06 June 2009

From Bitterweed: The National Anthem of the Soviet Union

The National Anthem of the Soviet Union replaced The Internationale as the national anthem on March 15, 1944. The lyrics were written by Sergey Mikhalkov in collaboration with G. El-Registan and the music was composed by Alexander Alexandrov.
It was believed that Soviet soldiers would respond more to an anthem that was dedicated only to the Soviet Union rather than to a worldwide movement.
It was adopted as national anthem after a competition in 1943. But what puzzles me is why this was chosen, when in that same 1943 competition, there was an offering from Dmitri Shostakovich, which finally aired some seventeen years later with hardly an alteration, as Novorossiysk Chimes.
Novorossiysk Chimes was finally presented in 1960, for the war memorial in the city of Novorossiysk. It has been playing nonstop at Heroes Square (pictured) in Novorossiysk since its opening on September 27, 1960.
Novorossiysk is a city in southern Russia, the main Russian port and highly important oil terminus on the Black Sea, in Krasnodar Krai. It is one of the few cities honoured with the Soviet title of the Hero City.
In 1942, the town was occupied by the Wehrmacht, but a small unit of Soviet sailors defended one part of the town, known as Malaya Zemlya, for 225 days, until it was liberated by the Red Army on September 16, 1943.
The heroic defense of the port by the Soviet sailors allowed to retain possession of the city's bay, which prevented the Nazis from using the port for supply shipments.
Novorossiysk was awarded the title Hero City in 1973.
Now, to my rhetorical question: Clearly, Shostakovich was in and out of trouble with the authorities. He received denunciations in 1936 and again in 1948. Commissions dried up, his income plummetted and the political climate, courtesy of Pravda, made performance impossible. Yet – and I am no historian nor musicologist – how would anyone with any political savvy, who was judging that competition, not recognise the perfect simultaneous combination of loyalty, solemnity for the dead, but also praise towards an indefatigabe human spirit ? Surely, with suitable lyrics, it could serve as a tour-de-force hymn to, well, pretty much anything ? How could it fail to be popular and win battles in hearts and minds ?
Forget for a moment any feelings you may or may not have about Shostakovich’s disputed personal motives and allegiances, or towards the Soviet era, or even Joseph Stalin. Just imagine for three and a half minutes it’s the anthem of your people, whatever that means to you. Because, on one level it is rooted in the grim, infinitely regrettable geopolitics of its time. But on another, at least for me, it speaks of a universal, undefeatable and intrinsically good, human spirit. It raises emotions I can still barely put into words after first hearing it fifteen years ago. My observation is that: no matter who it was written by, nor for what reason, a piece of music this good can say as simply and eloquently as any speech:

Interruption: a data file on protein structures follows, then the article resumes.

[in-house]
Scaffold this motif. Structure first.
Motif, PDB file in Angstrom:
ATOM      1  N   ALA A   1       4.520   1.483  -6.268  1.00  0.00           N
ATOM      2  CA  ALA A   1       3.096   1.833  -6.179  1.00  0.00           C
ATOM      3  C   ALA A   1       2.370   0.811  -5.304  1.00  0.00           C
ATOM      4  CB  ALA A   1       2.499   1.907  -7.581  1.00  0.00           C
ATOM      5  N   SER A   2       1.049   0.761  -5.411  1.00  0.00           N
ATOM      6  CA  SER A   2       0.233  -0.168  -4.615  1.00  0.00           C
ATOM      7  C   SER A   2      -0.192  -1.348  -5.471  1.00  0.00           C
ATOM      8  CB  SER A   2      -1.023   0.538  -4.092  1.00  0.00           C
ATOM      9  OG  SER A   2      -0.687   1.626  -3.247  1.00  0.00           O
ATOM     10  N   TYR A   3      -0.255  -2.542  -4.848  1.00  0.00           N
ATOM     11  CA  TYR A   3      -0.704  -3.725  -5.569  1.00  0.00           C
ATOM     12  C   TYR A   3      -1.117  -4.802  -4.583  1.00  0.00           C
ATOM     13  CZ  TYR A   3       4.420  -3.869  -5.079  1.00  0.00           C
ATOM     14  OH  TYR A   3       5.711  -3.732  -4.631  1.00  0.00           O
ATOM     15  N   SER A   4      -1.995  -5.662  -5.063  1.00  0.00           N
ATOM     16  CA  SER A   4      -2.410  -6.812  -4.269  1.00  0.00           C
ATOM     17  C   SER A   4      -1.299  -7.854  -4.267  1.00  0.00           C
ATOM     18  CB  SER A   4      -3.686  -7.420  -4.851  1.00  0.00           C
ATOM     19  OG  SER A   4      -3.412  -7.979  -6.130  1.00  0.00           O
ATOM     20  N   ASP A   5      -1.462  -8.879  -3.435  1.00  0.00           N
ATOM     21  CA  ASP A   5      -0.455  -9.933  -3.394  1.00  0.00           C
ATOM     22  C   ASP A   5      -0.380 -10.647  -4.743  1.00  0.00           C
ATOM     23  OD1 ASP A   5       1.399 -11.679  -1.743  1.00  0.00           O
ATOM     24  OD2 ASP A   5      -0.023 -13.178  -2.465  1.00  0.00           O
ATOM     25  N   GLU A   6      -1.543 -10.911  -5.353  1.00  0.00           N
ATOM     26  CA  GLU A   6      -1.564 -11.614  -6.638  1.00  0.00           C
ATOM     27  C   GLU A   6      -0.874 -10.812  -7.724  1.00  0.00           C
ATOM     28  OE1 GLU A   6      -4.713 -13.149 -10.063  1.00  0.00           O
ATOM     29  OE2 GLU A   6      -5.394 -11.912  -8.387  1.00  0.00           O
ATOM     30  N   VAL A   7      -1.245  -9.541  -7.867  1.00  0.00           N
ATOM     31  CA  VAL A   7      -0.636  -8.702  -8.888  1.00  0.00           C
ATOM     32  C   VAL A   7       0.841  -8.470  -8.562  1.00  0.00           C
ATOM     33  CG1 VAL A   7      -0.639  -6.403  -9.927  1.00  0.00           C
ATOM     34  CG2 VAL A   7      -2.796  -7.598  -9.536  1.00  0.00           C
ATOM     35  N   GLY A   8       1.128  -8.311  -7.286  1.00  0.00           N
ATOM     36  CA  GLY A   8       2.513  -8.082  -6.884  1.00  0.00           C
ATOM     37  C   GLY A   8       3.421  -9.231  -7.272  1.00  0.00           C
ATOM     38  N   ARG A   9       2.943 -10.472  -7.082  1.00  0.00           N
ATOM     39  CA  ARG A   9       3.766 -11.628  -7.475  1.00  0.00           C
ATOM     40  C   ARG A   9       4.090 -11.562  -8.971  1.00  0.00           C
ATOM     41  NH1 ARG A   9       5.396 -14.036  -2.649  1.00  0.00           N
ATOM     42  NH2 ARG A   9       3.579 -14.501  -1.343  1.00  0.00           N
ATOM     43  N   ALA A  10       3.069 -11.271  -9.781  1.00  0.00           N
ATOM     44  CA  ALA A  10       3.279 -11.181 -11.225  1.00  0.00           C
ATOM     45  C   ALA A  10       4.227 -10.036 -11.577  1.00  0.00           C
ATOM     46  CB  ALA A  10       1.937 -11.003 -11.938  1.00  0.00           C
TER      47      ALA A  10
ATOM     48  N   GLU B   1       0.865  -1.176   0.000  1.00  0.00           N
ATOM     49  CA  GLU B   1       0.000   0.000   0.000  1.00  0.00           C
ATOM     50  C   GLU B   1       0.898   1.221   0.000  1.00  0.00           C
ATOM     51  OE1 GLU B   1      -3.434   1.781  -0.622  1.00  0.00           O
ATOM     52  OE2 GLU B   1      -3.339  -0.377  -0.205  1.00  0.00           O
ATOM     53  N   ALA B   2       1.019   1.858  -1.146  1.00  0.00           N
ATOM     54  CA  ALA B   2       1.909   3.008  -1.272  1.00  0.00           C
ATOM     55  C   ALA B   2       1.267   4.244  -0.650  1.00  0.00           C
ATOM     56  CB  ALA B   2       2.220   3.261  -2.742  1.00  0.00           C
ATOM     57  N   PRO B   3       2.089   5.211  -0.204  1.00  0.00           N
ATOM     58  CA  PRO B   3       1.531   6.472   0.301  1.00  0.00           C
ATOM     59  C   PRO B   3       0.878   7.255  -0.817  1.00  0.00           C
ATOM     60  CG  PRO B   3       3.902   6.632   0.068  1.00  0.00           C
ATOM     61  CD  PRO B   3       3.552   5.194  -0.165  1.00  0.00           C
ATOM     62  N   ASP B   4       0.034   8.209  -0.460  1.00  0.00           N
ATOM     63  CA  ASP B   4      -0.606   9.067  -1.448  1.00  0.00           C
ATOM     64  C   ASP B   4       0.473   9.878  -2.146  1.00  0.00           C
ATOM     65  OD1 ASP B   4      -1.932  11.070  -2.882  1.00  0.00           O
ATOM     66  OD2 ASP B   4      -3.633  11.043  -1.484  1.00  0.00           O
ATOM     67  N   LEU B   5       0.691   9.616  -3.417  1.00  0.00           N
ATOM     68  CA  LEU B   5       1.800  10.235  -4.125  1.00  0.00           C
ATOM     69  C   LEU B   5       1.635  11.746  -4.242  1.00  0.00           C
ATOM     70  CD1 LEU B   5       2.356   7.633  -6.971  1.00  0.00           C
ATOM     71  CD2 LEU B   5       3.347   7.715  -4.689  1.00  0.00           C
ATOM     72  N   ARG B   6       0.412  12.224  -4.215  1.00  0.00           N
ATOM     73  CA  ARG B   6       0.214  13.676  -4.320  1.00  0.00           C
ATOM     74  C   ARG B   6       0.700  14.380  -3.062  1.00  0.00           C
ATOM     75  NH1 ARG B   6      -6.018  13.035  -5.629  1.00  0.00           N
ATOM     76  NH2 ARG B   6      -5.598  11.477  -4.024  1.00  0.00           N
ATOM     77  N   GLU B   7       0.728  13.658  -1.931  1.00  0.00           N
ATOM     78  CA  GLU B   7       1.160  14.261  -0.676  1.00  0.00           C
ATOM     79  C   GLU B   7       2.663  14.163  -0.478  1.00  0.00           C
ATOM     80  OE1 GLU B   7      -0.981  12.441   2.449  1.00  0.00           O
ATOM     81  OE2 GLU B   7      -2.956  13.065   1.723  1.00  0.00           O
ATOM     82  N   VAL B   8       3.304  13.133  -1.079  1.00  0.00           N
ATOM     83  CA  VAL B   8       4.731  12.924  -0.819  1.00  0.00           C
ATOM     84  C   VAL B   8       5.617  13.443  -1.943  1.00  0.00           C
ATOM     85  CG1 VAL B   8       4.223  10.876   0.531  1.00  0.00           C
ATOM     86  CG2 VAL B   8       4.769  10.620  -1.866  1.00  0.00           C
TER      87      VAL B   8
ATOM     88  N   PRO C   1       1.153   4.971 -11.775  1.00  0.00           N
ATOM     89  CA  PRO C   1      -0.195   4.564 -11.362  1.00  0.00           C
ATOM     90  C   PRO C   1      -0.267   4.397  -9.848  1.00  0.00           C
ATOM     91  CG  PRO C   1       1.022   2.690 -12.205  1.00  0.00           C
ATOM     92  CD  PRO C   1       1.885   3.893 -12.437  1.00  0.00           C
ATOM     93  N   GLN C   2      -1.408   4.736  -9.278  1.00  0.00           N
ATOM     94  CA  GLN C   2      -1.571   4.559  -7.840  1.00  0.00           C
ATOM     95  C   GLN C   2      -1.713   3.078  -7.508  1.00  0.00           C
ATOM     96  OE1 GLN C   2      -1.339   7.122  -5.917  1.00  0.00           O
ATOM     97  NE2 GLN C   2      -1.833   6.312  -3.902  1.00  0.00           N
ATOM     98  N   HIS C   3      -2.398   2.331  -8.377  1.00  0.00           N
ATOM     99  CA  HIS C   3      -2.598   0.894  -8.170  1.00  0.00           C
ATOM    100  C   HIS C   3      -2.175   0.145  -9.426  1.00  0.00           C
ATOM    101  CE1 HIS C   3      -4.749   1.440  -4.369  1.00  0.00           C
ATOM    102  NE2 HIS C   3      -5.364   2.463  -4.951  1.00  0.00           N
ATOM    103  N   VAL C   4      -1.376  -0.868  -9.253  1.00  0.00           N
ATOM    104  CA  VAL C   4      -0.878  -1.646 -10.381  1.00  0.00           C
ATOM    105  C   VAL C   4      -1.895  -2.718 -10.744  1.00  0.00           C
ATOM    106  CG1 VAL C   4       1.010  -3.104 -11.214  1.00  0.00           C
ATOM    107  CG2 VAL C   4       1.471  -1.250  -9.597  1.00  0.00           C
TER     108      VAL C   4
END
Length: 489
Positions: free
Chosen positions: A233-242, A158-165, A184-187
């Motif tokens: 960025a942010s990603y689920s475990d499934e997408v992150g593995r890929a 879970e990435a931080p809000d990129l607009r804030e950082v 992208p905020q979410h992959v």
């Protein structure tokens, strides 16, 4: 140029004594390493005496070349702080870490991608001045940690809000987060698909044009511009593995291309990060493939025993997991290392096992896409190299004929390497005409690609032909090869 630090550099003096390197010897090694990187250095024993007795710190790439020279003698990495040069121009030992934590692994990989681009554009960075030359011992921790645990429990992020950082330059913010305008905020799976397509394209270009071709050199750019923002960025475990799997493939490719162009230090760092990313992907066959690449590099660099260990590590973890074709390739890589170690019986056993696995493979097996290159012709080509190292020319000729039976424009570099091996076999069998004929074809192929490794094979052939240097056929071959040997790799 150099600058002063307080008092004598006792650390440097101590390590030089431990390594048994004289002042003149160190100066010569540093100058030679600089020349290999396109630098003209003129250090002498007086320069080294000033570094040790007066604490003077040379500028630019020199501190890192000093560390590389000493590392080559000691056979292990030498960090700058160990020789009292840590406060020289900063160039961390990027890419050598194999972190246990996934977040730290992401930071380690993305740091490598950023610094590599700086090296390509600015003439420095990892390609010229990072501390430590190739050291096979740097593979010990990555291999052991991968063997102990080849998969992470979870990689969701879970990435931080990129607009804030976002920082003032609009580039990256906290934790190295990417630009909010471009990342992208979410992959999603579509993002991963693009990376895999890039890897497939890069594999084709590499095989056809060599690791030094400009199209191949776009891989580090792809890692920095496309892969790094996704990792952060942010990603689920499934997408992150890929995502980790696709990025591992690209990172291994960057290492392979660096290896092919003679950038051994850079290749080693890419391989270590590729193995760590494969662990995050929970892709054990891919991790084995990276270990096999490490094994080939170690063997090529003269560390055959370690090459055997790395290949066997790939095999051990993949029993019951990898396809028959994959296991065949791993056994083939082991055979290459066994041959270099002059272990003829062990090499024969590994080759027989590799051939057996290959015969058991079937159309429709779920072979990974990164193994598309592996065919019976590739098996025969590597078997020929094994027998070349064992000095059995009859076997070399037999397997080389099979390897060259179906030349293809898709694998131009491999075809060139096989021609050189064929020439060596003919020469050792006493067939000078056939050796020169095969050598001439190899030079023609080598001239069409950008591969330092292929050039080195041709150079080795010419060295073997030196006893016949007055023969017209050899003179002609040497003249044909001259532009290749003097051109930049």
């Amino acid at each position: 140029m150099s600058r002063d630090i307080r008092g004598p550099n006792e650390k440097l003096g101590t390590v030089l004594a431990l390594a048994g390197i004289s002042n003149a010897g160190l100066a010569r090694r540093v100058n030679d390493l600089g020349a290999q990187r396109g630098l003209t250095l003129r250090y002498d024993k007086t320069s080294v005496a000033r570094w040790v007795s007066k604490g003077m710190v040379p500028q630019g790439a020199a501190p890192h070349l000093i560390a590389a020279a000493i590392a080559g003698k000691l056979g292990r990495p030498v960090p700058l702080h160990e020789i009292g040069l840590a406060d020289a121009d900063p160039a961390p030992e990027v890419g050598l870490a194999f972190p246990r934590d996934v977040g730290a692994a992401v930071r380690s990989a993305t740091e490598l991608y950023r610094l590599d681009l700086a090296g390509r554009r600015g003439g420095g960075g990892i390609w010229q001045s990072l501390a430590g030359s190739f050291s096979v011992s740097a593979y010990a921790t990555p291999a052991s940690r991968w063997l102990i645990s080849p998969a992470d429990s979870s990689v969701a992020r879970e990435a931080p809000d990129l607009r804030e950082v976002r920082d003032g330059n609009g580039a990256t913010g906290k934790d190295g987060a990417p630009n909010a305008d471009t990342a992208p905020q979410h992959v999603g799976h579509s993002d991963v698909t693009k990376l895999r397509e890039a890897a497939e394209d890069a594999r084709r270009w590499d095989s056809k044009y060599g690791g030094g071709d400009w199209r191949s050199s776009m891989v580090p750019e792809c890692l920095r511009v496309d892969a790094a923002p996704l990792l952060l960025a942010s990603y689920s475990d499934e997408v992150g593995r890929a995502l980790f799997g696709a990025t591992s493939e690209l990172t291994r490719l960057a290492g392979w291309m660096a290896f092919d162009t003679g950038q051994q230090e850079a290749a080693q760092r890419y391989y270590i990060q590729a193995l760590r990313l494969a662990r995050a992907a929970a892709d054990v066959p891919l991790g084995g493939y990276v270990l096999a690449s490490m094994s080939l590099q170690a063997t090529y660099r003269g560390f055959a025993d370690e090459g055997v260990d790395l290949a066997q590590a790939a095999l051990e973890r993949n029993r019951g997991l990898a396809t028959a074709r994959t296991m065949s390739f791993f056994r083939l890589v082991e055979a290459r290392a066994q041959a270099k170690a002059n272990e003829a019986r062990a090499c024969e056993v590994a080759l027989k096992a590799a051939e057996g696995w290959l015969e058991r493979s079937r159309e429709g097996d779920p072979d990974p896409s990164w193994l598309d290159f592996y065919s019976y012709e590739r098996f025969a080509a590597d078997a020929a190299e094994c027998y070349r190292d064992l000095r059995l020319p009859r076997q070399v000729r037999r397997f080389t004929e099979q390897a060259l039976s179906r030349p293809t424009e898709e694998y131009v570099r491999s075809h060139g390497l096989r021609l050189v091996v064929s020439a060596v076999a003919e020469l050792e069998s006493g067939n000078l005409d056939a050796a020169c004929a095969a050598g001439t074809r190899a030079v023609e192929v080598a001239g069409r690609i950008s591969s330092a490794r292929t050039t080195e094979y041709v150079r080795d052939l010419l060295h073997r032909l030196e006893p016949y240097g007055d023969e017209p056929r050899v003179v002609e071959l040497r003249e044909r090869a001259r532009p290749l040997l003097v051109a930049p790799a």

“You are human. Stand up and be counted.”


  1. Rather than my normal "Daily Chat", I'd planned on doing a brief post about the 65th anniversary of D-Day. I think this piece of music is heroic enough to serve as a tribute to those brave men today.

  2. BW

    Yep nice on. Enjoyed that. My musical appreciation rarely makes it past "kick ass tune" or "Nah...don't like it"

  3. @BW:

    Nice one. I liked the old Soviet one as well (same tune as the new anthem, just different lyrics).

    Check this Red Army Choir version out.

    You can almost smell the T34s.

  4. Old Commies! I thought we were all dead!
    C T S.

  5. Good piece, BW, and beautiful bit of music.

    How much better is this than bloody god save the queen -


    It makes me embarrassed to watch our rugby team sing to the bloody queen and it is an unpleasant little consequence of monarchy, singing to one unelected old dear instead of singing about the nation, like most other countries.

  6. I think that's the point, though. It's too good to be a national anthem, especially a wartime one. Workable anthems ought to be something you can still shout after ten pints...that's why God Save the Queen works, Deutschland Uber Alles, the Marseillaise, Star Spangled Banner and the Soviet one.
    It is a beautiful piece though (though I wonder what the locals think if it really is played permanently).